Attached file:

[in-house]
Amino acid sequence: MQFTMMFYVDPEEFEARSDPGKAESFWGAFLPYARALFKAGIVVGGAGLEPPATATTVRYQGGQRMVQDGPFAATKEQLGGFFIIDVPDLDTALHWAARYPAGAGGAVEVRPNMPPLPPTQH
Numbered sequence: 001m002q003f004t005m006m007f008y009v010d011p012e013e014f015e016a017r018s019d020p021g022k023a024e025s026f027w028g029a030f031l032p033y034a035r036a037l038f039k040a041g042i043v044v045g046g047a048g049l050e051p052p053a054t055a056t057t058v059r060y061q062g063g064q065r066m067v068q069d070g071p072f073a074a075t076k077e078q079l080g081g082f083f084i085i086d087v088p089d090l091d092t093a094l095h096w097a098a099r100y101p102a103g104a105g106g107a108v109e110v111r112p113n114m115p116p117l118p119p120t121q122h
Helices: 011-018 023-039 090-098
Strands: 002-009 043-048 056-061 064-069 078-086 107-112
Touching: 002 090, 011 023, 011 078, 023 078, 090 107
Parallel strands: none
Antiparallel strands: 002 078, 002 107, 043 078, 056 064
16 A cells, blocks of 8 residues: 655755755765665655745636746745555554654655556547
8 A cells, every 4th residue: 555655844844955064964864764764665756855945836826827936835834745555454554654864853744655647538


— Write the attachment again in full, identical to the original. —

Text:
[in-house]
Amino acid sequence: MQFTMMFYVDPEEFEARSDPGKAESFWGAFLPYARALFKAGIVVGGAGLEPPATATTVRYQGGQRMVQDGPFAATKEQLGGFFIIDVPDLDTALHWAARYPAGAGGAVEVRPNMPPLPPTQH
Numbered sequence: 001m002q003f004t005m006m007f008y009v010d011p012e013e014f015e016a017r018s019d020p021g022k023a024e025s026f027w028g029a030f031l032p033y034a035r036a037l038f039k040a041g042i043v044v045g046g047a048g049l050e051p052p053a054t055a056t057t058v059r060y061q062g063g064q065r066m067v068q069d070g071p072f073a074a075t076k077e078q079l080g081g082f083f084i085i086d087v088p089d090l091d092t093a094l095h096w097a098a099r100y101p102a103g104a105g106g107a108v109e110v111r112p113n114m115p116p117l118p119p120t121q122h
Helices: 011-018 023-039 090-098
Strands: 002-009 043-048 056-061 064-069 078-086 107-112
Touching: 002 090, 011 023, 011 078, 023 078, 090 107
Parallel strands: none
Antiparallel strands: 002 078, 002 107, 043 078, 056 064
16 A cells, blocks of 8 residues: 655755755765665655745636746745555554654655556547
8 A cells, every 4th residue: 555655844844955064964864764764665756855945836826827936835834745555454554654864853744655647538